In October 2016, Europe’s small Schiaparelli lander entered the Martian atmosphere and attempted to touch down on the surface of the red planet. Due to an altitude measurement error, however, the lander’s parachute system was released early, and the lander crashed into Mars.
When it comes to Mars, this was just another in a long line of failures.
Of the 21 landers sent by humans to Mars over the last six decades, only six have successfully reached the red planet’s surface and conducted science operations—all of which were built and launched by NASA.
Now, the European Space Agency is trying again, with its ExoMars mission due to be launched on a Proton rocket next summer. According to the space agency, the European-built Rosalind Franklin rover and the Russian-led surface platform, Kazachok, are nearly complete. They are due to go down to the Martian surface in a descent module. This spacecraft has a rather complicated sequence of parachute releases to slow the lander’s descent through the thin Martian atmosphere.
The first pilot parachute and the 15-meter main parachute are deployed while the lander is still traveling at supersonic speeds. The second set of pilot and main parachutes, which are larger, are deployed at subsonic speeds. This all happens rather quickly, as the entire landing sequence, from entering the Martian atmosphere, to touching down on the planet’s surface, takes just six minutes.
Lots of test anomalies
The testing program has not gone particularly well. In May, damage occurred to both main parachute canopies during a high altitude drop test from 29km. After assessing the problem and making changes to the design of the parachutes and their bags, the agency conducted another high-altitude test on August 5th, this time focusing solely on the larger canopy that deploys in the lower atmosphere. This test, too, was not successful.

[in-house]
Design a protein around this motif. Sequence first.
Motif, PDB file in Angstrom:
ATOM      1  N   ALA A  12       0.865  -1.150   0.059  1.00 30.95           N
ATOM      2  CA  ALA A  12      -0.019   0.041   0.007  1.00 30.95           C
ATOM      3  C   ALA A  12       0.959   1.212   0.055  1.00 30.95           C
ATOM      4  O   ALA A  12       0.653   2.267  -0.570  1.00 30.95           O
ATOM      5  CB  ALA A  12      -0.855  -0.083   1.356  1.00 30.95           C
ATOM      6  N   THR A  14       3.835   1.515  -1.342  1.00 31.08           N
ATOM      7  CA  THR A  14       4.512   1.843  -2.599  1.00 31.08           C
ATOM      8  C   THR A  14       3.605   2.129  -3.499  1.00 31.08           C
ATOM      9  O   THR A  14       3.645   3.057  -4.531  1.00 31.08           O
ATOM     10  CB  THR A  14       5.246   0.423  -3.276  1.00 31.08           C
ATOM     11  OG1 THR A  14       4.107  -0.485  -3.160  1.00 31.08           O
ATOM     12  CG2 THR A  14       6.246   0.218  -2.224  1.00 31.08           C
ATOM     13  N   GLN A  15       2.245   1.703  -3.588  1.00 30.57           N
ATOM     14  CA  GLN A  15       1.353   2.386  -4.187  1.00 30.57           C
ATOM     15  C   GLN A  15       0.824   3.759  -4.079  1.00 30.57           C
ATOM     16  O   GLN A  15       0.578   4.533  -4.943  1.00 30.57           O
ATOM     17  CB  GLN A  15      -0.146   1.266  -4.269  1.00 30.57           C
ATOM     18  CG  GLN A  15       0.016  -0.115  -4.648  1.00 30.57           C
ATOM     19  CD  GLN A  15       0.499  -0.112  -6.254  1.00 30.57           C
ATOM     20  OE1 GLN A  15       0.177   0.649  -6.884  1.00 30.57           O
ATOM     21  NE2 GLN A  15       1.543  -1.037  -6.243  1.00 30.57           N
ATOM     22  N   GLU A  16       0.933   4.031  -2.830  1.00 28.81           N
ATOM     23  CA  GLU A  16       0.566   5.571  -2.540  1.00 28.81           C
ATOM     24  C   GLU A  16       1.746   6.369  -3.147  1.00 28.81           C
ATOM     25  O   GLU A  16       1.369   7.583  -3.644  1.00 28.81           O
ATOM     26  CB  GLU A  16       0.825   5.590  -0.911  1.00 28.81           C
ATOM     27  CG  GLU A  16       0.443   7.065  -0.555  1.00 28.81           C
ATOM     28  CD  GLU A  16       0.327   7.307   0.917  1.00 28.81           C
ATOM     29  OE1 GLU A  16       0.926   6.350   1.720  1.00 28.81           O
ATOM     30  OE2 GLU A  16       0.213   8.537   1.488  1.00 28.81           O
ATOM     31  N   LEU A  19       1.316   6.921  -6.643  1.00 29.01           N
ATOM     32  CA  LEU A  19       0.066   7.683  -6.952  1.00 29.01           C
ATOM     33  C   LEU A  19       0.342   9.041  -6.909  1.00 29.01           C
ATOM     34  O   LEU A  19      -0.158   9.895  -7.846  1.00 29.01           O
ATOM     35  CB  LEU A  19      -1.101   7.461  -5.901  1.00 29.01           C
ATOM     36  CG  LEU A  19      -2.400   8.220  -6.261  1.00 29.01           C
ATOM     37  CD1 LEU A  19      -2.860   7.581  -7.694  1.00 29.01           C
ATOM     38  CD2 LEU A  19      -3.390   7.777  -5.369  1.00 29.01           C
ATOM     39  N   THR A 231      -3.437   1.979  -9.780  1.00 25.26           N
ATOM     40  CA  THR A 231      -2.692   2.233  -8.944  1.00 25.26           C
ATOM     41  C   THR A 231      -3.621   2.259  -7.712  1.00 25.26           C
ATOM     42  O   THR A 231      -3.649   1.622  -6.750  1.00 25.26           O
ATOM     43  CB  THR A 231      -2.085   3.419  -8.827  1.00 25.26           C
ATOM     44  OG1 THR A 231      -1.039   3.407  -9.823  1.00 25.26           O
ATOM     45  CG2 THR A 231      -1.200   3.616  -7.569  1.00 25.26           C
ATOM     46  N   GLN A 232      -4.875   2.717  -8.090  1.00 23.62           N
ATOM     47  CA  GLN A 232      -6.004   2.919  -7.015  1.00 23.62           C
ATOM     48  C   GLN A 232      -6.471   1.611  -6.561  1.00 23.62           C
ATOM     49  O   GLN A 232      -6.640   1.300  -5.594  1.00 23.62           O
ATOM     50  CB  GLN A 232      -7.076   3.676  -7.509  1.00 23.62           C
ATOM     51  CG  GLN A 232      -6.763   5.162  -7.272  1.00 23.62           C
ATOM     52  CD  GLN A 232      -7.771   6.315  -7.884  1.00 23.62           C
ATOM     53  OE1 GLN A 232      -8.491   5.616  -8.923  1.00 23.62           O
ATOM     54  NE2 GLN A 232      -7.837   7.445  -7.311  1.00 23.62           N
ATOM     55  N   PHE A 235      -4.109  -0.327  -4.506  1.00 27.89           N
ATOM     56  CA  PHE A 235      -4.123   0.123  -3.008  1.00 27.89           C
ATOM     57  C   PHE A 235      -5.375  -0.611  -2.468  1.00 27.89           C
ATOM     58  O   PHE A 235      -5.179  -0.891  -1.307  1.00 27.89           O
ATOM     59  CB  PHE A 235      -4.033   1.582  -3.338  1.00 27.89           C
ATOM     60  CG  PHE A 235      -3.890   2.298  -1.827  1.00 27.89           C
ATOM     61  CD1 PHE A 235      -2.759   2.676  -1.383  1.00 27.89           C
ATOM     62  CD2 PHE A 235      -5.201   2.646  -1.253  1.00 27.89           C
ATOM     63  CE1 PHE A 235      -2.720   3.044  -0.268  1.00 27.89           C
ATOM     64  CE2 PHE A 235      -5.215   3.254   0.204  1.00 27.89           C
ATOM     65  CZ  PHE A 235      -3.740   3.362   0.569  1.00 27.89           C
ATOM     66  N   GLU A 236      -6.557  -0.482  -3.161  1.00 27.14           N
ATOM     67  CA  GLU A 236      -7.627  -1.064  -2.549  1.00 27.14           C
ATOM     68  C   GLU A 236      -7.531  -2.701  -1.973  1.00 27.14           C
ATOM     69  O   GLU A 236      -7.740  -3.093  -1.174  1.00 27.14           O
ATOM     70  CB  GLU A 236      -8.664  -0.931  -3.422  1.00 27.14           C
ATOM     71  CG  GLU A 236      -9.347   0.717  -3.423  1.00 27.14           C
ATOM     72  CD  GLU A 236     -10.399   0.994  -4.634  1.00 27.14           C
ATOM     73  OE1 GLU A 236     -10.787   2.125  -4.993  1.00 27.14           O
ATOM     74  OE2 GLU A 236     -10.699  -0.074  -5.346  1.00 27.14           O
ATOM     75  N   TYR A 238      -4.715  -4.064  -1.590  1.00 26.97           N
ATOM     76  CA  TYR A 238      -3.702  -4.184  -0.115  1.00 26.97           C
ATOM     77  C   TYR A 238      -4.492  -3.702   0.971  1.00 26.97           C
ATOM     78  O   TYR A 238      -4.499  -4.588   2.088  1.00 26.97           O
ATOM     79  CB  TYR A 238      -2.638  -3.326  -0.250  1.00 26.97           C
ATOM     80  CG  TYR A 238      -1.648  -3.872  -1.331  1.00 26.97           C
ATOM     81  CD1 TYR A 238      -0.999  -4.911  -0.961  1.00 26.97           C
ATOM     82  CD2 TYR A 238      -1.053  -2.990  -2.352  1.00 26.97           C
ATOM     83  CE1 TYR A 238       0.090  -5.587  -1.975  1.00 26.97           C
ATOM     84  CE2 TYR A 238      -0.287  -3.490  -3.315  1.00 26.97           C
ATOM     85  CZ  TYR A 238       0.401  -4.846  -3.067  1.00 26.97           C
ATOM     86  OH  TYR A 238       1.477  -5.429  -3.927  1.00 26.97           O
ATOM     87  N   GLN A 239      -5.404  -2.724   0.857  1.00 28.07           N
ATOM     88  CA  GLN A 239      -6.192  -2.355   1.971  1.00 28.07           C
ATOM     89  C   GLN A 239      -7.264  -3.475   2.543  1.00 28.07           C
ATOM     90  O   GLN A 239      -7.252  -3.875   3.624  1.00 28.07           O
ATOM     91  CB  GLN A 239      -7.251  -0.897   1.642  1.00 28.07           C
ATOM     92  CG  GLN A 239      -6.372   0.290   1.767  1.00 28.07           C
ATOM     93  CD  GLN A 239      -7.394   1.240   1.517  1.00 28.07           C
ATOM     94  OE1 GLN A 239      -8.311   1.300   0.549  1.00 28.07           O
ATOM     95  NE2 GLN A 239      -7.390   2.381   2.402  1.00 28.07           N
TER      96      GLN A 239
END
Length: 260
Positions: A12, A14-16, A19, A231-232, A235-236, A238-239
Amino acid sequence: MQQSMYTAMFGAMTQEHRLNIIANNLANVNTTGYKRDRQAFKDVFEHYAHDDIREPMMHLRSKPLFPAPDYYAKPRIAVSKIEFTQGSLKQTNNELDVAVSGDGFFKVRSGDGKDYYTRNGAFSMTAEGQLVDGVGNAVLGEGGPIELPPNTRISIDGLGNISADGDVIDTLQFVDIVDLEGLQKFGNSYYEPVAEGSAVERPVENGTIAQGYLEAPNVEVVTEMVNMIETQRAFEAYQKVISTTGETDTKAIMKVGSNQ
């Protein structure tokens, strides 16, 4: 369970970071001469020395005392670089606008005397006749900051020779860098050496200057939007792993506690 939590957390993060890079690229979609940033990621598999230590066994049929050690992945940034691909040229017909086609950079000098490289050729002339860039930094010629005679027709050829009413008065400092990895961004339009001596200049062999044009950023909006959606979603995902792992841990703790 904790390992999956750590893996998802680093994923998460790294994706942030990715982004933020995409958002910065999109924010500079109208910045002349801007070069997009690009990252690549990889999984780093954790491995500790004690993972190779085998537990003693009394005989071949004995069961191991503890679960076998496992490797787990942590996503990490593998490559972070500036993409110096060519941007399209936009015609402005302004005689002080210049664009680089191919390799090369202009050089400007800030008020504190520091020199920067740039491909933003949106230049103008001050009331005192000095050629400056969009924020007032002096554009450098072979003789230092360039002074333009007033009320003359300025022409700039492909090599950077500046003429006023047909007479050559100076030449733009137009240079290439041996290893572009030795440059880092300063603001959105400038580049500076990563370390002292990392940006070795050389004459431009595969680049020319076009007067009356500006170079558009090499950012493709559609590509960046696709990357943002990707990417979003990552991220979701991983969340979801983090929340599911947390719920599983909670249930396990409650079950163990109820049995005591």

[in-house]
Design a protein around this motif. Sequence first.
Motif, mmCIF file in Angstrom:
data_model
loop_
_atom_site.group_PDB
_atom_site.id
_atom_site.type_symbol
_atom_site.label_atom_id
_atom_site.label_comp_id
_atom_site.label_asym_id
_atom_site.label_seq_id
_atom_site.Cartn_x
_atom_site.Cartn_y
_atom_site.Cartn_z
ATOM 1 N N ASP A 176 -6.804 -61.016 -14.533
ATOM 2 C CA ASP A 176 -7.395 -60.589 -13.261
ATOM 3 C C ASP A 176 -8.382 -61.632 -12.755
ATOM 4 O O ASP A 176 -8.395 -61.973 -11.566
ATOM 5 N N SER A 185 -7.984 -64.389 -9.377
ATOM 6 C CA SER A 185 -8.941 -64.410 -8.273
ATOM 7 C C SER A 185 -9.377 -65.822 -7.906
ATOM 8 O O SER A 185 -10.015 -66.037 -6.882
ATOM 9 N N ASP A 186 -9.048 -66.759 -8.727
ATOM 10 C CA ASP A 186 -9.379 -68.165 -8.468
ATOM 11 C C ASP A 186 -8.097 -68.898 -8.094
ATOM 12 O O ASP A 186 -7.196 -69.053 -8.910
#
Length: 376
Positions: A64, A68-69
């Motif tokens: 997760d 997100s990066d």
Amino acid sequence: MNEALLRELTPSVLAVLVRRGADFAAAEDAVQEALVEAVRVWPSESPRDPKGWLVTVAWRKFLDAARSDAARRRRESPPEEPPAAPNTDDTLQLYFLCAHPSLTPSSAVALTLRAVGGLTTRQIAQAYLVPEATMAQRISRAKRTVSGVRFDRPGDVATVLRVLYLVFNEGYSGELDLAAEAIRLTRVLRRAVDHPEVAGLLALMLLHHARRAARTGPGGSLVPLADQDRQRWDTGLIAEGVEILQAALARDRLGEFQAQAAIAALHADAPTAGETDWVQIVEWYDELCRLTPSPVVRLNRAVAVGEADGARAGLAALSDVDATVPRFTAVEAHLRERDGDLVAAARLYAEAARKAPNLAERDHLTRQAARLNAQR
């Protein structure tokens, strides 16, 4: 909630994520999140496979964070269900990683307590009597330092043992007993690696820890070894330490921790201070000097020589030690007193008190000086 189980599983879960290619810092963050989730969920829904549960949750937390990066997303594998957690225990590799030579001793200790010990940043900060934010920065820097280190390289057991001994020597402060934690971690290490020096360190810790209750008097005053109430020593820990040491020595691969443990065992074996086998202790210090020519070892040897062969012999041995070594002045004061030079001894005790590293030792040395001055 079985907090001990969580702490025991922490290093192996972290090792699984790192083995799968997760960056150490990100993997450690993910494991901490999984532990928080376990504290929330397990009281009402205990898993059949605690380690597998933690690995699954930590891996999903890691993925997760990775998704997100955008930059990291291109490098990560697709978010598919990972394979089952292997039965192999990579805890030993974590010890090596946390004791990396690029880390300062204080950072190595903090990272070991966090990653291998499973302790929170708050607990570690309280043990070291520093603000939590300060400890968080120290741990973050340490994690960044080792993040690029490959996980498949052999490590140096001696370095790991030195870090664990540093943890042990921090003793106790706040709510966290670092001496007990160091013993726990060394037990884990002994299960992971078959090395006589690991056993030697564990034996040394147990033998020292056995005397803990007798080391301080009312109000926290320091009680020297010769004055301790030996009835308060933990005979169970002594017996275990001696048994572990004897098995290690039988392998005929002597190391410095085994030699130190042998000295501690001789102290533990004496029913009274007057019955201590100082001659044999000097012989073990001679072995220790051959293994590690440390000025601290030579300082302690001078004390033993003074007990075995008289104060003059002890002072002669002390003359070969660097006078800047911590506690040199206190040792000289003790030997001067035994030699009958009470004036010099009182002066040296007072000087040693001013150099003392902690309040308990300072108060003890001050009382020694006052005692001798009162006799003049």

Despite these failures, European officials have publicly said they are pressing ahead toward a 2020 launch of the mission. “It is disappointing that the precautionary design adaptations introduced following the anomalies of the last test have not helped us to pass the second test successfully, but as always we remain focused and are working to understand and correct the flaw in order to launch next year,” said Francois Spoto, ESA’s ExoMars Team Leader, in a news release.
The problems with the parachutes may be worse than has publicly been reported, however. Ars has learned of at least one other parachute failure during testing of the ExoMars lander. Moreover, the agency has yet to conduct even a single, successful test of the parachute canopy that is supposed to deploy at supersonic speeds, higher in the Martian atmosphere.
Efforts to obtain a comment from the European Space Agency about this information, or the likelihood of a slip past present 2020 launch date, were unsuccessful. After a spokeswoman with the European Space Agency offered to look into the matter on September, 4, there has been no further response.